NBC promised us that we’d find out this week what happened to Sean Walker and the rest of the passengers on that airplane that disappeared into a wormhole. The answer turned out to be both much more banal and much more distressing than we expected. But the big takeaway from last night’s episode was the identity of the mysterious Alaskan prisoners.
What We Know: The prisoners in the Alaskan compound are aliens that crash-landed on Earth in 1944. Though they look just like us, their DNA is one percent different than ours — a rather significant amount, it turns out. (Any creationists watching were no doubt incensed when creepy American national security adviser Blake Sterling pointed out that our genetic material is only 2 percent different from a chimpanzee’s.) In addition, some of the aliens that survived the crash escaped, blending in with the human population, including Clifton Collins Jr.’s Thomas. The aliens age very slowly and refuse to reveal any information about their origins.
What We Don’t Know: Alien leader Sophia tells President Martinez that her people were running out of patience — what do they intend to do to us? And since they’ve been on Earth for so long, is anyone looking for them from another world? And why is the aliens’ genetic makeup so close to our own?
What We Really Want to Know: How did the alien escapees manage to survive in the middle of nowhere in Alaska after the crash?
What We Know: The plane is not in a parallel world but, rather, an Arizona desert. All the passengers survived the crash, but a disoriented Michael tells Sean that Vicky (the girl Sean and Leila met on their vacation) has kidnapped Leila and her younger sister. They were going to kill Michael unless he crashed the plane. Just then, a fleet of black helicopters comes zooming in, and Michael tells Sean to run and find Leila.
What We Don’t Know: Who was in those helicopters?
What We Really Want to Know: How did Sean get away without the helicopters detecting him?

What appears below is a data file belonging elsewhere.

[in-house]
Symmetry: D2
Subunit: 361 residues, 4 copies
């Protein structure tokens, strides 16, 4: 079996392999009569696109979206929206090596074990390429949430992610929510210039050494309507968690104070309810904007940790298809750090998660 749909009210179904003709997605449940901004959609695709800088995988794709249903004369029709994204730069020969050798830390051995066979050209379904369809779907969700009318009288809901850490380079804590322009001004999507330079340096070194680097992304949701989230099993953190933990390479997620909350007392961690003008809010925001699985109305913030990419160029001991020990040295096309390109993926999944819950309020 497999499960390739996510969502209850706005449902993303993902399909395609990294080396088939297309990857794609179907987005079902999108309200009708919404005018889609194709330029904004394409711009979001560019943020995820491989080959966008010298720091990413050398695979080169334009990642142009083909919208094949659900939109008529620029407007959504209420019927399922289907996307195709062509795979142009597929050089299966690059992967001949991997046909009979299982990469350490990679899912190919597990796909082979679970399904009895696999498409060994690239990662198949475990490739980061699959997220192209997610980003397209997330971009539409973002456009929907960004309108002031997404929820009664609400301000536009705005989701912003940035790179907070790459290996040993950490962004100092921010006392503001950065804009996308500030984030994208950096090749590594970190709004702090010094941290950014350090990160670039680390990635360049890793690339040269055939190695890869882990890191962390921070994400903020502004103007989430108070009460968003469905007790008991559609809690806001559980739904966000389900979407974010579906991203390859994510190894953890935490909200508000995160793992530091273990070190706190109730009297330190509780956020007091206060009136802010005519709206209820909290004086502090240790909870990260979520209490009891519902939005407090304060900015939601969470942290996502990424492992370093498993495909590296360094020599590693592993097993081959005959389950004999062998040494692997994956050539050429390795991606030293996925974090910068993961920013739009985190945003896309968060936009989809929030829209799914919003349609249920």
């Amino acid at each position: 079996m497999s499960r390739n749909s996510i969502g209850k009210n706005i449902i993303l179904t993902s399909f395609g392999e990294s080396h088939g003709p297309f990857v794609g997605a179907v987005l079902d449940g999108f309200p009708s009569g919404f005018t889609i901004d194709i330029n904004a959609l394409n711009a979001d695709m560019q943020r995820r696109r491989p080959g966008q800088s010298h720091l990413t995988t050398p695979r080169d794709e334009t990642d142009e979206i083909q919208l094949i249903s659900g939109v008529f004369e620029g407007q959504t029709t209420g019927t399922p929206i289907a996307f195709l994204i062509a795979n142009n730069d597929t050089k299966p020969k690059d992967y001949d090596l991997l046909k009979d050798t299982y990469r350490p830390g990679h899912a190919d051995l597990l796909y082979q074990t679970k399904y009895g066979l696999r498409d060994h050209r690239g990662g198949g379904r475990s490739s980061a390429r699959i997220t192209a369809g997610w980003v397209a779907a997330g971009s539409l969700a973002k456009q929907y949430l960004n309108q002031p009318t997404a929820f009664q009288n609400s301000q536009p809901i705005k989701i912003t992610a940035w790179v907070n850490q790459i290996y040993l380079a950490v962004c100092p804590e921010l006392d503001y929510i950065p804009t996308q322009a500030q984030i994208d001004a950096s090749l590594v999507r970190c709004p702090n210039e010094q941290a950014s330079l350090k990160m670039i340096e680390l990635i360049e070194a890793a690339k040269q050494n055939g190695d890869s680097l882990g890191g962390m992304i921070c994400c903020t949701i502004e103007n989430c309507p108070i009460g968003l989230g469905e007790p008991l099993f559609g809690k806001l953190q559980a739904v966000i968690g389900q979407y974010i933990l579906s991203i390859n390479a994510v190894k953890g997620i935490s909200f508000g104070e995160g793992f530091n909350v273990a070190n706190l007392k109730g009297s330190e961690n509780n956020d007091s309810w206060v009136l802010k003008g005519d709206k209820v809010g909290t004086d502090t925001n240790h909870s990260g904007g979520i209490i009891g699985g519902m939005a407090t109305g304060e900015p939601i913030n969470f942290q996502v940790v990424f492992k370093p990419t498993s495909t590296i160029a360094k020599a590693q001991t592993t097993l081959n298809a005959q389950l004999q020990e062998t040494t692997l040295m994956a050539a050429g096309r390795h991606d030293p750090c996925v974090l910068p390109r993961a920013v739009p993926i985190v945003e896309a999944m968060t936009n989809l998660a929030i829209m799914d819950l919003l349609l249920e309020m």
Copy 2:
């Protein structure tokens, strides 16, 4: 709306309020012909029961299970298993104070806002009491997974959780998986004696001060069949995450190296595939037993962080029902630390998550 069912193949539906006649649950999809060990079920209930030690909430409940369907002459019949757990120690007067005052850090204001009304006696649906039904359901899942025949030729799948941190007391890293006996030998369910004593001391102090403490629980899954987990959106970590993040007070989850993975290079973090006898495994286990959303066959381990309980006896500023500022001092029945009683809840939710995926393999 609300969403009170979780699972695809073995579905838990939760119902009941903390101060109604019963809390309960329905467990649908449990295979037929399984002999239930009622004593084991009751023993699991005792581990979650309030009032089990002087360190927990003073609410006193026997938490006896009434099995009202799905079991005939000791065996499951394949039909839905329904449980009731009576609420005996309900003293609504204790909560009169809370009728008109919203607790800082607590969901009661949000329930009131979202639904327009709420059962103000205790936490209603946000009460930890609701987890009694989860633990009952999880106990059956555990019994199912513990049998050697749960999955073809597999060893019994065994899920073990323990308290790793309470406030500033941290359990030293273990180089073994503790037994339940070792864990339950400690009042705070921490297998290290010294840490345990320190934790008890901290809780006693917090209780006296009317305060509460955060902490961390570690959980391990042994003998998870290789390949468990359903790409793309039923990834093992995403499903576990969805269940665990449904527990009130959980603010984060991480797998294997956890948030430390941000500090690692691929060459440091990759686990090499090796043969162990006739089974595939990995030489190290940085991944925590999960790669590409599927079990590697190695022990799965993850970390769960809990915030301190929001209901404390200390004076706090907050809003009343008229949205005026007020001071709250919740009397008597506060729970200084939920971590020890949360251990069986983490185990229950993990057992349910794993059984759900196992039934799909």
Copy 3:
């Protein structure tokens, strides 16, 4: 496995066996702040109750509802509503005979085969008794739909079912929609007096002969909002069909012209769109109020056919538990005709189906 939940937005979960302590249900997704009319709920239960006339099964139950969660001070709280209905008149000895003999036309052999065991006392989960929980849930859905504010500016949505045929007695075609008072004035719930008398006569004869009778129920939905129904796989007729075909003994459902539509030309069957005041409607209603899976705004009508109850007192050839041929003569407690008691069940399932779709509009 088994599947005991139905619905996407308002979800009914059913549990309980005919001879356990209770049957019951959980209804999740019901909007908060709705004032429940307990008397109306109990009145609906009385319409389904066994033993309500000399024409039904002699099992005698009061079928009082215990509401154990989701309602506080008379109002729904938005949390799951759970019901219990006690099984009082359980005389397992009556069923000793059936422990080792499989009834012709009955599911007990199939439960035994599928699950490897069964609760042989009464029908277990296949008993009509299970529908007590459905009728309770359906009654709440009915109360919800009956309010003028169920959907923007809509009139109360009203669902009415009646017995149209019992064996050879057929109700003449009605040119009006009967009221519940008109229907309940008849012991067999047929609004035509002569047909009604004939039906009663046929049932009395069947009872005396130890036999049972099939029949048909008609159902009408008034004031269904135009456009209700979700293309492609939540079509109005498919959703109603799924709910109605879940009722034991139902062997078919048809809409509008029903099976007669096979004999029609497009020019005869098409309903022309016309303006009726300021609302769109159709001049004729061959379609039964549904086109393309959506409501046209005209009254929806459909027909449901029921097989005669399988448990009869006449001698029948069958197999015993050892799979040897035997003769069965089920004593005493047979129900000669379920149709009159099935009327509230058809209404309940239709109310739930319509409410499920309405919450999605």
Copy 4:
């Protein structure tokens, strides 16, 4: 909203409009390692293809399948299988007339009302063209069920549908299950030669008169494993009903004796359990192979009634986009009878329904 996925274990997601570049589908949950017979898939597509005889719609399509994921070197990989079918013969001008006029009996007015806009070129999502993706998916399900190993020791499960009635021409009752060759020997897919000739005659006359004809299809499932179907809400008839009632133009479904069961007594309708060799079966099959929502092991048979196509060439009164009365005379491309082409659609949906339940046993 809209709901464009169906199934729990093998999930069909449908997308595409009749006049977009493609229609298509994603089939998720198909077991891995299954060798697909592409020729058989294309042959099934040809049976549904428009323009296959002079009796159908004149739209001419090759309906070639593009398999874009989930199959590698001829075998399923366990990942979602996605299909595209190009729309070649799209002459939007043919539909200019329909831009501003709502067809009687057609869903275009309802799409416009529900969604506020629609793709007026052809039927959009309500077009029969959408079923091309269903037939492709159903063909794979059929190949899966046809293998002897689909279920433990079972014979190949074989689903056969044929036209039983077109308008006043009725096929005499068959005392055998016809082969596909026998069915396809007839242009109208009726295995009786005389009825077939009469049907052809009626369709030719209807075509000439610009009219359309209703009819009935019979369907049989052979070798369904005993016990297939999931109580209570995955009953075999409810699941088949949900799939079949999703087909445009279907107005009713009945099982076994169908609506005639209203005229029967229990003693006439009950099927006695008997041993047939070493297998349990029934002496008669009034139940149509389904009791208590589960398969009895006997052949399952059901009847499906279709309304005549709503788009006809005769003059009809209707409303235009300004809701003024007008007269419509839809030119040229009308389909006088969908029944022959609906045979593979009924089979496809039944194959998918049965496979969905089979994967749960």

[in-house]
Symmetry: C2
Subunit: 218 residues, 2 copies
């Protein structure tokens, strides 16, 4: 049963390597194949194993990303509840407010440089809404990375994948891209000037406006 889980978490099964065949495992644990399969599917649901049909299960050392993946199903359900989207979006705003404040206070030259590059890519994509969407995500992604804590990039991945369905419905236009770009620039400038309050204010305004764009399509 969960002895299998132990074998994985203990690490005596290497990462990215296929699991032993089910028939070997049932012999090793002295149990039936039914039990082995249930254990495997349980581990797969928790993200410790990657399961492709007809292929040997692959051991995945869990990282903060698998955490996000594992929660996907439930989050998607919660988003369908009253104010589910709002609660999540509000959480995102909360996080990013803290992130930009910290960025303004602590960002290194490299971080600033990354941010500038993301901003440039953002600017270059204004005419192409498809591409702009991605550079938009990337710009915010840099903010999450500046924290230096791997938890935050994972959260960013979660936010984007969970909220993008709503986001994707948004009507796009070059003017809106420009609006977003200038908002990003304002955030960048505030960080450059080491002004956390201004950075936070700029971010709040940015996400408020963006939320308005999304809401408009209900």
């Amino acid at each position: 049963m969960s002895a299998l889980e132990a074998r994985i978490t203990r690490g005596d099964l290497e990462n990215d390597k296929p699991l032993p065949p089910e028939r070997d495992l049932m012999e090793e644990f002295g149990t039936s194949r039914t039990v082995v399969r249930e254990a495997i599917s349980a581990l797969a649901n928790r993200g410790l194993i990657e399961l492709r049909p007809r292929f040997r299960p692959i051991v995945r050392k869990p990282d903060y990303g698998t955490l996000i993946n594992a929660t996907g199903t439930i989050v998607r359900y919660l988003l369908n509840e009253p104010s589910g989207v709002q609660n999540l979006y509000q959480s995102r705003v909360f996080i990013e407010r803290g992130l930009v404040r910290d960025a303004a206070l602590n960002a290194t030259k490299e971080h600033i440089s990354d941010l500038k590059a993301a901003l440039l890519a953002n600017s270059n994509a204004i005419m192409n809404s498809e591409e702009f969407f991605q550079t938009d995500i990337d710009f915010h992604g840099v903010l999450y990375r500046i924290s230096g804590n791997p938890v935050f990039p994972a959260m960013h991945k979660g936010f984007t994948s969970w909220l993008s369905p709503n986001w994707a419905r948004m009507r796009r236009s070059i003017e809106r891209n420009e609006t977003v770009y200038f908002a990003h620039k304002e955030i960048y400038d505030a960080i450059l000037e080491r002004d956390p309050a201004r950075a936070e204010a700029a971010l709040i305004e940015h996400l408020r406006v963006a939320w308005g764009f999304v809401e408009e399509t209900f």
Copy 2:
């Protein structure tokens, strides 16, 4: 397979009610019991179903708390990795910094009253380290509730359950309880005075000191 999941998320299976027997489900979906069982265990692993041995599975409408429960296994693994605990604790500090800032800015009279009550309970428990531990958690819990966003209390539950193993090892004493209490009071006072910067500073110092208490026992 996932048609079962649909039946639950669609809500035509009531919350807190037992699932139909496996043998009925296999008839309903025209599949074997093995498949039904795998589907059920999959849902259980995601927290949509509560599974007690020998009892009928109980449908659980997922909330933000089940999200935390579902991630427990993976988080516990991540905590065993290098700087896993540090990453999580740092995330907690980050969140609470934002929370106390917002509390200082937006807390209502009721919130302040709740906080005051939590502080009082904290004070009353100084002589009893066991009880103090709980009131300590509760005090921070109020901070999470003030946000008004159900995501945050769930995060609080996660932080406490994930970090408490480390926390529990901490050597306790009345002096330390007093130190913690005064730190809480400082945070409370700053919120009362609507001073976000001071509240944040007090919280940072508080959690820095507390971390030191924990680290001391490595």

What We Know: After passing out in the middle of the desert, Sean wakes up to find himself in a hospital being treated for dehydration. Desperate to tell the cops about his abducted girlfriend, he persuades a friendly nurse to call the authorities for him, only to learn that he’s wanted for the murder of Greg, Vicky’s boyfriend, who was actually killed by Vicky’s boss, Carter (played by D.B. Sweeney), when they kidnapped Leila. Sean tries to prove his innocence but is picked up by two FBI agents and carted away.
What We Don’t Know: Were Vicky and Carter always planning on killing Greg as part of their abduction plan? And how will Sean be able to convince anyone that he didn’t kill Greg, or that Leila is in danger, or that he was on a plane that ended up in the Arizona desert?
What We Really Want to Know: We understand that The Event is going for a North by Northwest–like plot in which an ordinary man finds himself in an outrageous situation where nobody believes his innocence, but when is Sean going to start acting more assertive? Two episodes in, Jason Ritter is just too wimpy and whiny to be a sympathetic presence — will that be changing soon?
What We Know: Agent Simon Lee works closely with Sterling on monitoring the incarcerated aliens’ activity, but Lee himself is one of the undercover aliens. Sterling has long suspected that there were aliens who escaped the '44 crash, and the vanishing plane convinces him that not only are there aliens on the loose, they were behind the incident. Lee and Thomas are the only undercover aliens we know of as of now.
What We Don’t Know: How many undercover aliens are out there in the world?
What We Really Want to Know: Is The Event going to go Battlestar Galactica on us, constantly teasing us with the possibility that one (or more) of the show’s main characters are not who they appear to be? Is there a chance one of the characters will find out he or she is the child of one of these aliens?
What We Know: In the world of undercover aliens, there seems to be some dissension among the ranks. Thomas and Lee are not in agreement about the importance of preserving the safety of the airplane passengers. Lee asks Thomas where the airplane went, and Thomas provides the coordinates, suggesting ominously that when Lee gets to Arizona, “You’ll understand.” Arriving at the crash site, Lee finds that all the passengers are dead in a ditch.
What We Don’t Know: Did a faction of the undercover aliens kill the passengers? Thomas hinted that they wanted to take advantage of having so many passengers at their disposal — what was the purpose of killing them?
What We Really Want to Know: Is there a reason that the alien actors — Ian Anthony Dale, Laura Innes, Collins Jr. — are all much more compelling than their human counterparts? So far, Blair Underwood is rather dull as the noble leader of the free world. (The show’s idea of him being a tough guy when he interrogates Sophia is to have him turn his chair around so he can sit in it cop-drama-style.) And Zeljko Ivanek seems to be doing a variation on every cantankerous, shoot-first American government muckety-muck that ever appeared in a Jerry Bruckheimer or Michael Bay movie. Does The Event want us secretly rooting for our alien overlords?